Pointing to the Bel Air Drive In sign, Charly asked, “Have you ever been to one of those?”

“I grew up across the street from a drive in,” I proudly said.

“Can we go?” she asks.

“There’s nothing on the marquis. I doubt they are open,” I said.

Charly Points to Drive In
Charly Points to Drive In

“What is it like? How do you watch a movie?” Charly asks.

“You drove your car in, and parked next to a pole with a speaker. The speaker clipped to your window. You’d have to be careful when you left and made sure you put the speaker back else it would damage your window! You’d sit in your car and watch the movie on that big screen,” I said pointing to the screen, “and the sound came across the speaker.”

Drawing a breath, I continued, “If you got hungry, you could walk to a building in the center of where all the cars park. They also had carhops who came and brought food to you.”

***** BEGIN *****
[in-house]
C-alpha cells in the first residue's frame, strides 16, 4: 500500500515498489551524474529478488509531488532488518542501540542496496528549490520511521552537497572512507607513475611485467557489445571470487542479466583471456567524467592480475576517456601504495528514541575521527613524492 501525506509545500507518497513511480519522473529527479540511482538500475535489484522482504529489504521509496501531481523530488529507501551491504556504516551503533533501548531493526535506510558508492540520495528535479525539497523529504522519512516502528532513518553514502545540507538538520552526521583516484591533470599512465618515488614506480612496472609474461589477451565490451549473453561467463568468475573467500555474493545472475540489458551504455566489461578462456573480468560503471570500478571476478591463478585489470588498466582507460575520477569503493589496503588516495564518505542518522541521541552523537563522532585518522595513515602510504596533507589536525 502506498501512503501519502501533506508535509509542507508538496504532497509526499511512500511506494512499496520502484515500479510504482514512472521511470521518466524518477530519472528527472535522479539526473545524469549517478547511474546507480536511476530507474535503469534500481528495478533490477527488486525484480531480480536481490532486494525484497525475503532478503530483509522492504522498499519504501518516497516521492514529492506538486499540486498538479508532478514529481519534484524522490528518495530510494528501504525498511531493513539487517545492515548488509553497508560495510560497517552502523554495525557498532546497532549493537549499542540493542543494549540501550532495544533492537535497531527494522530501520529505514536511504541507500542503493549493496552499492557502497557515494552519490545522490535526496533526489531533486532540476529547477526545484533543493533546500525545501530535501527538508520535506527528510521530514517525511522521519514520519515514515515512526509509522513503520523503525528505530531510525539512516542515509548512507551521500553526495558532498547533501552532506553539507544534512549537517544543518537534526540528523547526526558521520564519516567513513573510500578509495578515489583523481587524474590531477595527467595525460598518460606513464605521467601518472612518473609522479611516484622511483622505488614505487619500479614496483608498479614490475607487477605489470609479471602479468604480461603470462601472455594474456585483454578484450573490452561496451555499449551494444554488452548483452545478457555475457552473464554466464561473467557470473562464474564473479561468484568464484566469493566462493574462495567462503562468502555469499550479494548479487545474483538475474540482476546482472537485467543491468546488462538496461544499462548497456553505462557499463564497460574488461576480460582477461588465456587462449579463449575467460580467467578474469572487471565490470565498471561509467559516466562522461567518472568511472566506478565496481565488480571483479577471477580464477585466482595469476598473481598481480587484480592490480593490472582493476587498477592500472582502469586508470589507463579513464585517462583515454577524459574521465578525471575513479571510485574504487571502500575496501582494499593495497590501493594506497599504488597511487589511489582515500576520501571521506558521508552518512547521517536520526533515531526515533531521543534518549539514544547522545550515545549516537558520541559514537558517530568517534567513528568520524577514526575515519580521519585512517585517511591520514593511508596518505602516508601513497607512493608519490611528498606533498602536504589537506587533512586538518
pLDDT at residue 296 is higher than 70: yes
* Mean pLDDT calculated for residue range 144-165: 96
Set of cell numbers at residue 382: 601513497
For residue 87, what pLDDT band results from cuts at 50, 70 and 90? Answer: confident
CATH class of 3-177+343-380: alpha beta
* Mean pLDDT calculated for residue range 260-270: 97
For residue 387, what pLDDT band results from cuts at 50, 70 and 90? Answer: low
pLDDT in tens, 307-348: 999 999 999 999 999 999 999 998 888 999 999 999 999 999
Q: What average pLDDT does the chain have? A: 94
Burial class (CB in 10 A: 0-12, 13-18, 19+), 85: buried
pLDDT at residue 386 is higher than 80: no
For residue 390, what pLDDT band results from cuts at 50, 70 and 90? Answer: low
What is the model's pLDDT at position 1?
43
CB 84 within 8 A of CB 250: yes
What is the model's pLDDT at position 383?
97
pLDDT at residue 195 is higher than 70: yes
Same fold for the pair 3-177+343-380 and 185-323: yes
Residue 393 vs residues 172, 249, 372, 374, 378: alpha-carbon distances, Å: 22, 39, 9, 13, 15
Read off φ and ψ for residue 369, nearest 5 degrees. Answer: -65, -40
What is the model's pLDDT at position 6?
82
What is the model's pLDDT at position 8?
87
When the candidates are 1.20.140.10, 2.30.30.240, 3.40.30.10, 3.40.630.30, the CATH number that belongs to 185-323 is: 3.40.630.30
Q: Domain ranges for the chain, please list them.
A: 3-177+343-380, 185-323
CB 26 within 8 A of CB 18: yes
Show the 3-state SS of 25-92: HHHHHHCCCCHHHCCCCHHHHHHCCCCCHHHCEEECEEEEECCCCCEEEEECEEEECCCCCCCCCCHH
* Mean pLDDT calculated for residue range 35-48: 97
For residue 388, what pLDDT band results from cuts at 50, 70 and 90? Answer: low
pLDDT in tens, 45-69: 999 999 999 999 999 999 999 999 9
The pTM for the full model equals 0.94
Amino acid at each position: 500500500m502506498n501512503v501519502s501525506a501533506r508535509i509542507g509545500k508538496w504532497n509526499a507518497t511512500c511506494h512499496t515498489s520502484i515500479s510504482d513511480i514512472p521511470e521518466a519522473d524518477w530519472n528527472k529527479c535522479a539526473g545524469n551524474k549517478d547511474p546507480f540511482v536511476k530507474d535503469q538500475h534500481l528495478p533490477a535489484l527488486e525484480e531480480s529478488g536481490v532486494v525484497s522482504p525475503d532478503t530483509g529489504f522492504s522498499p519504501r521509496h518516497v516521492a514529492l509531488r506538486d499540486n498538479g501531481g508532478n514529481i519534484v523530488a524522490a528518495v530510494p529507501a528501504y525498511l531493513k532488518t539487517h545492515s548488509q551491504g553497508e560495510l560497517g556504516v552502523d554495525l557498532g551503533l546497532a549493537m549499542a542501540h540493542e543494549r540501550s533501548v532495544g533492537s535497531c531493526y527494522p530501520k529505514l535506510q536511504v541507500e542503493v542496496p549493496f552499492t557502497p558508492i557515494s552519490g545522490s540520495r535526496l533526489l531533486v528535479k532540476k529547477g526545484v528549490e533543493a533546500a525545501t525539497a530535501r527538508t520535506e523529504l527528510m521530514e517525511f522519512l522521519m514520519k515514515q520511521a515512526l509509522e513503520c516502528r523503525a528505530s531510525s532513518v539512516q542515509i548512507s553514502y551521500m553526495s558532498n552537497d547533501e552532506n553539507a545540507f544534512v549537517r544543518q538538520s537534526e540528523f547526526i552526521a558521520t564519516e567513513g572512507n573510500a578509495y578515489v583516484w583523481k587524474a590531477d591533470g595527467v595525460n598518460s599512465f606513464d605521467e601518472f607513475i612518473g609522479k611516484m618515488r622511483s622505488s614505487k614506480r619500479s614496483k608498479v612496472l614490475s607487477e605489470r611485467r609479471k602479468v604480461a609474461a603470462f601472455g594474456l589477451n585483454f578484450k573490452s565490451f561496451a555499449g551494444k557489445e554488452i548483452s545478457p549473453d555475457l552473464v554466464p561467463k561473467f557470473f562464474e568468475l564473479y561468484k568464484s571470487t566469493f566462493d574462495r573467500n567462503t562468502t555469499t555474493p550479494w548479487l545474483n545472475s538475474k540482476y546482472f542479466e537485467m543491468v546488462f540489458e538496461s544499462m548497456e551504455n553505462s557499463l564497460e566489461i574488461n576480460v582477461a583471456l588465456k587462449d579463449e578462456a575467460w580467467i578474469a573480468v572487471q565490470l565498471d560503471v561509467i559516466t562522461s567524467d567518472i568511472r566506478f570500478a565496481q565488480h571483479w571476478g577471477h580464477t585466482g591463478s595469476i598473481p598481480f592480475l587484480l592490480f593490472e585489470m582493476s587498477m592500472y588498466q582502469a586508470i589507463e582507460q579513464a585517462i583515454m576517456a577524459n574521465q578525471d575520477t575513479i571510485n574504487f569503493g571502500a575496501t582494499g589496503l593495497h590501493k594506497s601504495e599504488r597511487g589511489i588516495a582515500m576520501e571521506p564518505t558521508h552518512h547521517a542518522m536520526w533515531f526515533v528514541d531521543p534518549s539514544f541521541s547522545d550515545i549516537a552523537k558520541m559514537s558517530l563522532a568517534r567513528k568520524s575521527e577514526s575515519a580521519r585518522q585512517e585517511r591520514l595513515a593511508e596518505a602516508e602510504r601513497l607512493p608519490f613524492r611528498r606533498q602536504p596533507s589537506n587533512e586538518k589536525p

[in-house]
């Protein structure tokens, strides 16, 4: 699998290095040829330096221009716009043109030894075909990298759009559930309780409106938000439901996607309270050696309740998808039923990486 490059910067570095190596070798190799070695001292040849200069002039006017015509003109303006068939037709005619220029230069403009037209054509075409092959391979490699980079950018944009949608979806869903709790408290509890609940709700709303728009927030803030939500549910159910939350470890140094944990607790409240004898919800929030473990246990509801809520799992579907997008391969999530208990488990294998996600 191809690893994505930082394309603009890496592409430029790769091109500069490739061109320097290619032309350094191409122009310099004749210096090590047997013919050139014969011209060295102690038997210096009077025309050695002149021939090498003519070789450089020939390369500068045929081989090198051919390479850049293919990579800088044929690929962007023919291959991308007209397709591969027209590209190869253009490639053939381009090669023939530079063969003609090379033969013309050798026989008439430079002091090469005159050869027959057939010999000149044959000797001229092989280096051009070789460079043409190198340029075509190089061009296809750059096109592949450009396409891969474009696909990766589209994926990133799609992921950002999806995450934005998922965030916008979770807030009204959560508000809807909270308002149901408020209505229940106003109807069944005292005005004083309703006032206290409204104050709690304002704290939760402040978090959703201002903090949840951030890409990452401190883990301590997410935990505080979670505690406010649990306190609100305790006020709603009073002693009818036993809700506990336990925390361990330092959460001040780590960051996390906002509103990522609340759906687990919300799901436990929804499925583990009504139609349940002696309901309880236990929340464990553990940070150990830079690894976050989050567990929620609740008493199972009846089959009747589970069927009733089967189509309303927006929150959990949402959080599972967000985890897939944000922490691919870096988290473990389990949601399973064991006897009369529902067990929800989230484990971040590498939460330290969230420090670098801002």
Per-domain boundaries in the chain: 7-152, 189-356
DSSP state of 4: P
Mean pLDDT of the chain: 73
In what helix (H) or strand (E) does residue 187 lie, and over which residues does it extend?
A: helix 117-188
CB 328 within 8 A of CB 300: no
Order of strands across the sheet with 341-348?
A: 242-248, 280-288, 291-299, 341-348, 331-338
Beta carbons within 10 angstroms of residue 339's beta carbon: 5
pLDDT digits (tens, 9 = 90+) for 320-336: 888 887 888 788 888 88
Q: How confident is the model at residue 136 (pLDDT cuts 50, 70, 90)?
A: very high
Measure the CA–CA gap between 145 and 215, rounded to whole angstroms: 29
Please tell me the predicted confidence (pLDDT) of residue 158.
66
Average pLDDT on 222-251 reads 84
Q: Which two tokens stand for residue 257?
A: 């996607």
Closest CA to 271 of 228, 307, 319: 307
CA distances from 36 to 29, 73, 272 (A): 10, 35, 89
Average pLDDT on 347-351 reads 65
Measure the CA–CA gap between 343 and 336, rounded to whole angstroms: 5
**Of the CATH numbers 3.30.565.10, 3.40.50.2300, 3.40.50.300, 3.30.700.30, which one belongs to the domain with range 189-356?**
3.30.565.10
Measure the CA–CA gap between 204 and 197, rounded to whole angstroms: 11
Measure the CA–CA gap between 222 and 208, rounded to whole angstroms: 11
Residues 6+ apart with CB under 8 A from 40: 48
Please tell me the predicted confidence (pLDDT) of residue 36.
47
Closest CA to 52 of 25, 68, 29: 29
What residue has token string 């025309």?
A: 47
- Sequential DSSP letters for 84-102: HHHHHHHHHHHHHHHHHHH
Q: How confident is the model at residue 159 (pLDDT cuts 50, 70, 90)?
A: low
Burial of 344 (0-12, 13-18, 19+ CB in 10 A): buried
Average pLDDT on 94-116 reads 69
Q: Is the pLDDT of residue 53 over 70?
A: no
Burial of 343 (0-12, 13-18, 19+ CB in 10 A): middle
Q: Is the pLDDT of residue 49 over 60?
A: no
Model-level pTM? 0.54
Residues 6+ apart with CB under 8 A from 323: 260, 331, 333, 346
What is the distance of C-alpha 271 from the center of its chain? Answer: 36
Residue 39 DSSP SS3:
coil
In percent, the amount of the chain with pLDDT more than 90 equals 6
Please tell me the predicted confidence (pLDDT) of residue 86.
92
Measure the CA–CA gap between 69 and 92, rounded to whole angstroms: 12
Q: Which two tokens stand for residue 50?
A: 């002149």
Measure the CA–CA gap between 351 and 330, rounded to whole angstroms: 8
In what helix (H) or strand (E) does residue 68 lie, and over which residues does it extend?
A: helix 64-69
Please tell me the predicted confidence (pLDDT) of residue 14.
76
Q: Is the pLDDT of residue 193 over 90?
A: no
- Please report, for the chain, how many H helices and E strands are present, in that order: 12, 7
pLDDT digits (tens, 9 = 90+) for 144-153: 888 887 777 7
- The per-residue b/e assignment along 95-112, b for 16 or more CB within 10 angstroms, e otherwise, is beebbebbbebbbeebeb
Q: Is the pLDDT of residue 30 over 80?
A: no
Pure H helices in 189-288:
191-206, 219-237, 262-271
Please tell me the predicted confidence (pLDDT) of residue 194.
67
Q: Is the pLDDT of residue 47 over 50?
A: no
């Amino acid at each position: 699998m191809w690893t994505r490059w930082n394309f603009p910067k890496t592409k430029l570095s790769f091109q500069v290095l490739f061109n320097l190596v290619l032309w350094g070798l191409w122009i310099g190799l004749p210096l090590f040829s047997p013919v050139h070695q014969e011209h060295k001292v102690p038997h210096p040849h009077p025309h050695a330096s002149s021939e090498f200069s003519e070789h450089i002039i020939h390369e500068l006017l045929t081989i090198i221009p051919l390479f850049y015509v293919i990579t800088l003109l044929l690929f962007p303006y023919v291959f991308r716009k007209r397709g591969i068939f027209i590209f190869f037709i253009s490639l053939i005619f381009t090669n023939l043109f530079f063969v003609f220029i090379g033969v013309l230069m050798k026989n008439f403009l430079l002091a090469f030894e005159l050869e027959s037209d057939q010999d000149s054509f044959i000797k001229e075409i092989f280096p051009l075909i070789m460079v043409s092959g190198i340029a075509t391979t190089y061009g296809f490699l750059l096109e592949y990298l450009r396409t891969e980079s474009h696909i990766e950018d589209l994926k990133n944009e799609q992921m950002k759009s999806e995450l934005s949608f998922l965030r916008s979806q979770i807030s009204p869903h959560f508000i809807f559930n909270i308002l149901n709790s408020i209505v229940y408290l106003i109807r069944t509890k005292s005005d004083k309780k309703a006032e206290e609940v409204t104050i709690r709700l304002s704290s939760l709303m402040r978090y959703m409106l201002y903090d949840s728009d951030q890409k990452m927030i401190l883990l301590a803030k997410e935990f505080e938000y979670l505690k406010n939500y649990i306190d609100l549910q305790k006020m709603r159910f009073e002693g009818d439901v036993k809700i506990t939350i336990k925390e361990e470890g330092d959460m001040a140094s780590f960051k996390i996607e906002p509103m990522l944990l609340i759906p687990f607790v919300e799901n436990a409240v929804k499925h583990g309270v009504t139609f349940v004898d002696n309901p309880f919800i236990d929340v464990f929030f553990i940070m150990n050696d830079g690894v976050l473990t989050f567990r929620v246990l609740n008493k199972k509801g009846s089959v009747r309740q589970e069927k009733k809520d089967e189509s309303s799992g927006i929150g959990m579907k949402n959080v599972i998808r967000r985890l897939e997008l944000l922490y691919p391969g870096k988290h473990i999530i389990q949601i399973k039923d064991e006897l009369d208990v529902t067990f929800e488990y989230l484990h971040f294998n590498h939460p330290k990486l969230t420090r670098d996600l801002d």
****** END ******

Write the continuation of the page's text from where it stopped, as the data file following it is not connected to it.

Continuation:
Here are some images I created of days gone by…


I started reminiscing about the days watching cartoons over the drive in fence. (After all, we lived across the street from a drive in. All I had to do is go out in the field with binoculars and watch — no sound.)

Where’s the Hotel?

Back in the car I plugged the address to the hotel in the GPS. It took us to some road with a chain link fence and barb wire.

“Your destination is on the right,” the woman’s British voice announced. (British because the other voices sounded too boring.)

“Charly,” I said, “that does NOT look like our hotel.”

“Maybe it was torn down… like so many other places on Route 66,” Charly said with a sound of disgust.

“I doubt that. I just made the reservations at lunch time,” I said. “Here,” I continued handing her my phone, “call the number and tell them we’re lost.”

Charly makes the call, explains the situation, and hangs up.

“Well? That was short,” I said.

“He said they get that a lot. We need to specify St. Louis,” she says.

“I thought it would take us to the closest matching address… in St. Louis,” I began to get a little perturbed.

“I’m just sayin'”, she says.

How I hate that phrase. ‘I’m just sayin”.